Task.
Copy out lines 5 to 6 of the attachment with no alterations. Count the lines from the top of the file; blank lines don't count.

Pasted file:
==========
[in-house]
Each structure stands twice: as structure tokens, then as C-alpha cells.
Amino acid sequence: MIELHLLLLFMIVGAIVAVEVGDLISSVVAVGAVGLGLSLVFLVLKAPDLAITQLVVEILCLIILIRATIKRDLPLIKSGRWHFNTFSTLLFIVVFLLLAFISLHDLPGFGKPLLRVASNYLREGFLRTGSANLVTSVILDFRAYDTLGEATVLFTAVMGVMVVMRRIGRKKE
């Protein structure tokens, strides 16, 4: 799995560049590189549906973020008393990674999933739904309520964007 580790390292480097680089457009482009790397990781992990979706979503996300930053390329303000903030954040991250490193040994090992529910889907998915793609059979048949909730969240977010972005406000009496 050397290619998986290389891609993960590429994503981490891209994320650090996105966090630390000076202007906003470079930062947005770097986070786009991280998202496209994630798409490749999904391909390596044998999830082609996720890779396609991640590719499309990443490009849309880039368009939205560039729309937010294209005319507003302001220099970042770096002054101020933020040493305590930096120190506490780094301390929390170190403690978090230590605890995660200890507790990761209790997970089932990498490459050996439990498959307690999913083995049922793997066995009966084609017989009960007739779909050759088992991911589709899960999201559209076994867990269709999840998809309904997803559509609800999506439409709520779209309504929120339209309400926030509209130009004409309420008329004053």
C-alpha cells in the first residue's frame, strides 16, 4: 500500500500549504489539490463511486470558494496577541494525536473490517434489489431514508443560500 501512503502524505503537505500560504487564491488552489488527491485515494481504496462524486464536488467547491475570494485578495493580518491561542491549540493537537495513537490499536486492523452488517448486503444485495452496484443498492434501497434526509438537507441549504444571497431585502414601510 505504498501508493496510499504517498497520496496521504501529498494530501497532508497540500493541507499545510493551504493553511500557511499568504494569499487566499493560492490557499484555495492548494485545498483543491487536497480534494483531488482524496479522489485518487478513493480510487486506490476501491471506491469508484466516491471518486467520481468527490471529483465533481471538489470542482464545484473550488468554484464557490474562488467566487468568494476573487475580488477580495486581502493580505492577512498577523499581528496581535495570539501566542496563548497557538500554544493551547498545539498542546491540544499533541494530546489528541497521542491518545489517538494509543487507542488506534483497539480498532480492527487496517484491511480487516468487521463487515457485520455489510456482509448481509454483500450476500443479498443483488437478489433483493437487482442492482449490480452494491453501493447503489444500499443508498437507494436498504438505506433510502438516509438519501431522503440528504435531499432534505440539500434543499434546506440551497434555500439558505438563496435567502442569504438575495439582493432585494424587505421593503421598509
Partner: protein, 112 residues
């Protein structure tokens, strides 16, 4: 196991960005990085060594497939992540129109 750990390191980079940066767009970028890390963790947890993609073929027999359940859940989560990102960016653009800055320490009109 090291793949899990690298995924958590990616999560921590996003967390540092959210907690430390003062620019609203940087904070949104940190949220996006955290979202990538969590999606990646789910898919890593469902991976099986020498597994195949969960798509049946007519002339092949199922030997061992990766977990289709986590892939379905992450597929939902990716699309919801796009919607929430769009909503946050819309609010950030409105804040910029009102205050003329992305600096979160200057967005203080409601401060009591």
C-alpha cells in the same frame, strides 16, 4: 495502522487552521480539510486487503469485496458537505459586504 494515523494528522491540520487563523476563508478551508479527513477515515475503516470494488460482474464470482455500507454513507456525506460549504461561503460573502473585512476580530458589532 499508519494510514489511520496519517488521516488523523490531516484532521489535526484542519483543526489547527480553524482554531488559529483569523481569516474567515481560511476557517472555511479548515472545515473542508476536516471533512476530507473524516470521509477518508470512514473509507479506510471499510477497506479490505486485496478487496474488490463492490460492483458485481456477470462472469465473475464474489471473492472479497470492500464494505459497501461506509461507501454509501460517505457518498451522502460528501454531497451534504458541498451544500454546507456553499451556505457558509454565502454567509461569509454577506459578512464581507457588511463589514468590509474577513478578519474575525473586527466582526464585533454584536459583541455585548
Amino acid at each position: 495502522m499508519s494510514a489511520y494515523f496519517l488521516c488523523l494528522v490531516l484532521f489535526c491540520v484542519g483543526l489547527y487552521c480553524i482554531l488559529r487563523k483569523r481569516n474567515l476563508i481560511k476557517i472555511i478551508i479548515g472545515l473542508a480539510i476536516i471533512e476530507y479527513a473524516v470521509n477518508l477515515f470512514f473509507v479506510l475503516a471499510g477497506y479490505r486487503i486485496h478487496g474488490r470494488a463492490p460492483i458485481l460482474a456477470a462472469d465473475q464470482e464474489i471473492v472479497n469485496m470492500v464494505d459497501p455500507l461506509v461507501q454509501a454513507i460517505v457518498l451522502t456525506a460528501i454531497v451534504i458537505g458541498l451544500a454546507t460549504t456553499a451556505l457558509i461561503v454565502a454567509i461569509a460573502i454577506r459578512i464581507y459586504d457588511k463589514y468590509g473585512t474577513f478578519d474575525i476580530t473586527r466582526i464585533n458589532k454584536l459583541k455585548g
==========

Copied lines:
C-alpha cells in the first residue's frame, strides 16, 4: 500500500500549504489539490463511486470558494496577541494525536473490517434489489431514508443560500 501512503502524505503537505500560504487564491488552489488527491485515494481504496462524486464536488467547491475570494485578495493580518491561542491549540493537537495513537490499536486492523452488517448486503444485495452496484443498492434501497434526509438537507441549504444571497431585502414601510 505504498501508493496510499504517498497520496496521504501529498494530501497532508497540500493541507499545510493551504493553511500557511499568504494569499487566499493560492490557499484555495492548494485545498483543491487536497480534494483531488482524496479522489485518487478513493480510487486506490476501491471506491469508484466516491471518486467520481468527490471529483465533481471538489470542482464545484473550488468554484464557490474562488467566487468568494476573487475580488477580495486581502493580505492577512498577523499581528496581535495570539501566542496563548497557538500554544493551547498545539498542546491540544499533541494530546489528541497521542491518545489517538494509543487507542488506534483497539480498532480492527487496517484491511480487516468487521463487515457485520455489510456482509448481509454483500450476500443479498443483488437478489433483493437487482442492482449490480452494491453501493447503489444500499443508498437507494436498504438505506433510502438516509438519501431522503440528504435531499432534505440539500434543499434546506440551497434555500439558505438563496435567502442569504438575495439582493432585494424587505421593503421598509
Partner: protein, 112 residues